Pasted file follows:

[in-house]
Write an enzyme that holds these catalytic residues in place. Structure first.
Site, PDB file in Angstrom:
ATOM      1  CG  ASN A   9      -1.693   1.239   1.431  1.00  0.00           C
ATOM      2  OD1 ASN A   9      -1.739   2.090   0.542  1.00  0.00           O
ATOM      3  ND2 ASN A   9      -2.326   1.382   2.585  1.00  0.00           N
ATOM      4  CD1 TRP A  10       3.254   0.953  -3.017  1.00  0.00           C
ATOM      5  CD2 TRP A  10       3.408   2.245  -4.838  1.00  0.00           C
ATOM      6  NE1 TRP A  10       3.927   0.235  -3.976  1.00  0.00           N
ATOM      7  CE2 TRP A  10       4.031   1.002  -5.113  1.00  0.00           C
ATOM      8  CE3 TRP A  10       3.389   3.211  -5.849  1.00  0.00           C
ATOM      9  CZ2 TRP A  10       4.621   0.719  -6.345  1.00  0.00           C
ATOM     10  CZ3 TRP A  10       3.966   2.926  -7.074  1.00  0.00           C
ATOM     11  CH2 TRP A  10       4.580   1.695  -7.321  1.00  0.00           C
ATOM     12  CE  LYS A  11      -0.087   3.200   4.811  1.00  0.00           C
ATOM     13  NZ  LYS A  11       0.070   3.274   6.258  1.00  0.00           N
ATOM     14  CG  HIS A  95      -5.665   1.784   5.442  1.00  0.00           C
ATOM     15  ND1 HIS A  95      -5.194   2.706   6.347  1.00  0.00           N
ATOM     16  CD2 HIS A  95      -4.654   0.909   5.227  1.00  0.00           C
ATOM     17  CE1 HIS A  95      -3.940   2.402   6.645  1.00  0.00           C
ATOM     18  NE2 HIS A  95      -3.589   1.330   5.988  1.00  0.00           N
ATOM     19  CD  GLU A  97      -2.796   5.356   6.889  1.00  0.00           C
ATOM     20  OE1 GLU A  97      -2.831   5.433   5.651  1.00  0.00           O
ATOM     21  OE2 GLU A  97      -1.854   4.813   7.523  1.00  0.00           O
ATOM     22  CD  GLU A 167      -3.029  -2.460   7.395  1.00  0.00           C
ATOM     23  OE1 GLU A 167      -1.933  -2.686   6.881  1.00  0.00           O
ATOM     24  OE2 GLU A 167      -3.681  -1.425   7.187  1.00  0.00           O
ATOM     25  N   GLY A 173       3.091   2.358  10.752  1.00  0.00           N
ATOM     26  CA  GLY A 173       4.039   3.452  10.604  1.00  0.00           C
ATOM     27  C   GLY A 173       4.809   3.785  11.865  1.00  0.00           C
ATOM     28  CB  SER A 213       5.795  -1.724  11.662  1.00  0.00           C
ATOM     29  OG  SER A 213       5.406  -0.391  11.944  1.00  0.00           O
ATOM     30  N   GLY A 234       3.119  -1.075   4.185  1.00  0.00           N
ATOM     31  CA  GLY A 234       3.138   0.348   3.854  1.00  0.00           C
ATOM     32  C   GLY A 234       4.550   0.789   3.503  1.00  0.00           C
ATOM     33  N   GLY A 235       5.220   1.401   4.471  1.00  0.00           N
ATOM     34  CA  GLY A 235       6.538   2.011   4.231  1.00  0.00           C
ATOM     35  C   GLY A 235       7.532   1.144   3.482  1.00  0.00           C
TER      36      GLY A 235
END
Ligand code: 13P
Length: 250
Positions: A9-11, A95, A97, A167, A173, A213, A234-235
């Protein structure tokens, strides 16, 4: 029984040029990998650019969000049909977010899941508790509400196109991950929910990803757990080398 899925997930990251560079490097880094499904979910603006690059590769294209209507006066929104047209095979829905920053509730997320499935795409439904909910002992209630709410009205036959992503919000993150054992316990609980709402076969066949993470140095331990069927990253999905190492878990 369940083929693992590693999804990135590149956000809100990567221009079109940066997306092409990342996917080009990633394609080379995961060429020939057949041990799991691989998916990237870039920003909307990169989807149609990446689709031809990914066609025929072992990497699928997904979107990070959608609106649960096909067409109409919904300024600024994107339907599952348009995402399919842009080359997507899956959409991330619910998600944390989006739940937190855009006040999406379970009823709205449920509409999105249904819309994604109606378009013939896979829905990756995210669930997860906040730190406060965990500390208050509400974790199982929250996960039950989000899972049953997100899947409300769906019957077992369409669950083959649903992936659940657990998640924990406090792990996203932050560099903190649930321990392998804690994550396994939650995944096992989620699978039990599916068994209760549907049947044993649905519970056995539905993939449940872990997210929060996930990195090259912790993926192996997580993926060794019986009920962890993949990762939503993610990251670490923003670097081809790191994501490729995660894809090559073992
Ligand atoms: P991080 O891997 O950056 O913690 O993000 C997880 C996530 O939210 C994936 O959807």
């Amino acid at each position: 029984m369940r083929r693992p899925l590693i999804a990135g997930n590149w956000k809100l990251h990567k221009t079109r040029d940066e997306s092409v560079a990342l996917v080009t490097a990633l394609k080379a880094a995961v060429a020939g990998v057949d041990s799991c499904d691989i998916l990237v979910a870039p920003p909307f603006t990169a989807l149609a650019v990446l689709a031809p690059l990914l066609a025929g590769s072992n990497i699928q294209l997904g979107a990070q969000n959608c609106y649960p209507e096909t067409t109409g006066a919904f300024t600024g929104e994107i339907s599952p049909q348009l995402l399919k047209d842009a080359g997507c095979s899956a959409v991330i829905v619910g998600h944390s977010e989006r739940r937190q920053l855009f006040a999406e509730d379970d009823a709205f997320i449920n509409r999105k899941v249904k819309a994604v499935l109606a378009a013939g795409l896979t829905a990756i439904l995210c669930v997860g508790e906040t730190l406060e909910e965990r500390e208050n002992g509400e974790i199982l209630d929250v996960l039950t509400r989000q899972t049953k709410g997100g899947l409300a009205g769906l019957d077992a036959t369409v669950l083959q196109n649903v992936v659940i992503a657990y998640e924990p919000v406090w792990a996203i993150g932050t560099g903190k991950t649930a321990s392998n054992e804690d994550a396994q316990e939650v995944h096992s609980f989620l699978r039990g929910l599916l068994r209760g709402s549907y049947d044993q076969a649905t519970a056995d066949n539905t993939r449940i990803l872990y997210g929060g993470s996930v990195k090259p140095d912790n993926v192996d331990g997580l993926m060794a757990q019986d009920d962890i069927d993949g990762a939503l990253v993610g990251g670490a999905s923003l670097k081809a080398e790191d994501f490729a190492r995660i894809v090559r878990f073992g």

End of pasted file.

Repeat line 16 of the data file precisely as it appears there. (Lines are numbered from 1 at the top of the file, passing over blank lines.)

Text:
ATOM     13  NZ  LYS A  11       0.070   3.274   6.258  1.00  0.00           N